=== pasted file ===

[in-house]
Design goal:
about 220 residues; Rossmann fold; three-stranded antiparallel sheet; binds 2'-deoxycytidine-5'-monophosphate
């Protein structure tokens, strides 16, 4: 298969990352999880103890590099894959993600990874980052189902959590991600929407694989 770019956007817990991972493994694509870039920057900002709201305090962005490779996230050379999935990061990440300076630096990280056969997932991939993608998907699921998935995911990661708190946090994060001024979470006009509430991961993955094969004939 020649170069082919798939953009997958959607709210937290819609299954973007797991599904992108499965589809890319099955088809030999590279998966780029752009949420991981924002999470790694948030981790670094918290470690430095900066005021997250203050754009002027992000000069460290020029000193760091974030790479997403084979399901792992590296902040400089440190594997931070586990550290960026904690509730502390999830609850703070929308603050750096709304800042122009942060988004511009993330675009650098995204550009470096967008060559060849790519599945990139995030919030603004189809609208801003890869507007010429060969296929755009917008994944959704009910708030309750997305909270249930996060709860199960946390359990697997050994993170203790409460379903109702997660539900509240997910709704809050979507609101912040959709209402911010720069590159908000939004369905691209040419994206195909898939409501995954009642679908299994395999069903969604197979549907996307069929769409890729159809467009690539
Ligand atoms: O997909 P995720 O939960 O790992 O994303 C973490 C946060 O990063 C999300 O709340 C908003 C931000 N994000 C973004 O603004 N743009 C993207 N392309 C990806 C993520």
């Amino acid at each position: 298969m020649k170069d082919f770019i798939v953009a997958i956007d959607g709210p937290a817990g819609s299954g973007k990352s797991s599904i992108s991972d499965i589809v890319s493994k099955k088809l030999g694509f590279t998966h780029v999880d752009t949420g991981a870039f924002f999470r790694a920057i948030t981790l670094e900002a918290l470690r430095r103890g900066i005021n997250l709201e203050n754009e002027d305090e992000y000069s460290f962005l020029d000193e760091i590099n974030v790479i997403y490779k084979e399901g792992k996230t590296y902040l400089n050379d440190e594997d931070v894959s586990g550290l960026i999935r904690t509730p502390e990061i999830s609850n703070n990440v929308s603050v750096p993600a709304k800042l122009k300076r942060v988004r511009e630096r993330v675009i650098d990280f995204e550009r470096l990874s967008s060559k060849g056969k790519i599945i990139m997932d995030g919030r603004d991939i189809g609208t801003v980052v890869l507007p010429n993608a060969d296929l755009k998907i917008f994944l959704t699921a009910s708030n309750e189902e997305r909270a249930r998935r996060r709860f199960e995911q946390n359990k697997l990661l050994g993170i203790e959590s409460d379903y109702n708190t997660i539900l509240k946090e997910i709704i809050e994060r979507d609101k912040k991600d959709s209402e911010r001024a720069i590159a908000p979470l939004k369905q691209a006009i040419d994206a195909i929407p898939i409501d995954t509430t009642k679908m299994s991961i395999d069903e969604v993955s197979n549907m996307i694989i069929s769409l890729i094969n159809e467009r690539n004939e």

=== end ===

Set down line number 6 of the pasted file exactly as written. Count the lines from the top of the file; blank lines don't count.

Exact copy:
């Amino acid at each position: 298969m020649k170069d082919f770019i798939v953009a997958i956007d959607g709210p937290a817990g819609s299954g973007k990352s797991s599904i992108s991972d499965i589809v890319s493994k099955k088809l030999g694509f590279t998966h780029v999880d752009t949420g991981a870039f924002f999470r790694a920057i948030t981790l670094e900002a918290l470690r430095r103890g900066i005021n997250l709201e203050n754009e002027d305090e992000y000069s460290f962005l020029d000193e760091i590099n974030v790479i997403y490779k084979e399901g792992k996230t590296y902040l400089n050379d440190e594997d931070v894959s586990g550290l960026i999935r904690t509730p502390e990061i999830s609850n703070n990440v929308s603050v750096p993600a709304k800042l122009k300076r942060v988004r511009e630096r993330v675009i650098d990280f995204e550009r470096l990874s967008s060559k060849g056969k790519i599945i990139m997932d995030g919030r603004d991939i189809g609208t801003v980052v890869l507007p010429n993608a060969d296929l755009k998907i917008f994944l959704t699921a009910s708030n309750e189902e997305r909270a249930r998935r996060r709860f199960e995911q946390n359990k697997l990661l050994g993170i203790e959590s409460d379903y109702n708190t997660i539900l509240k946090e997910i709704i809050e994060r979507d609101k912040k991600d959709s209402e911010r001024a720069i590159a908000p979470l939004k369905q691209a006009i040419d994206a195909i929407p898939i409501d995954t509430t009642k679908m299994s991961i395999d069903e969604v993955s197979n549907m996307i694989i069929s769409l890729i094969n159809e467009r690539n004939e």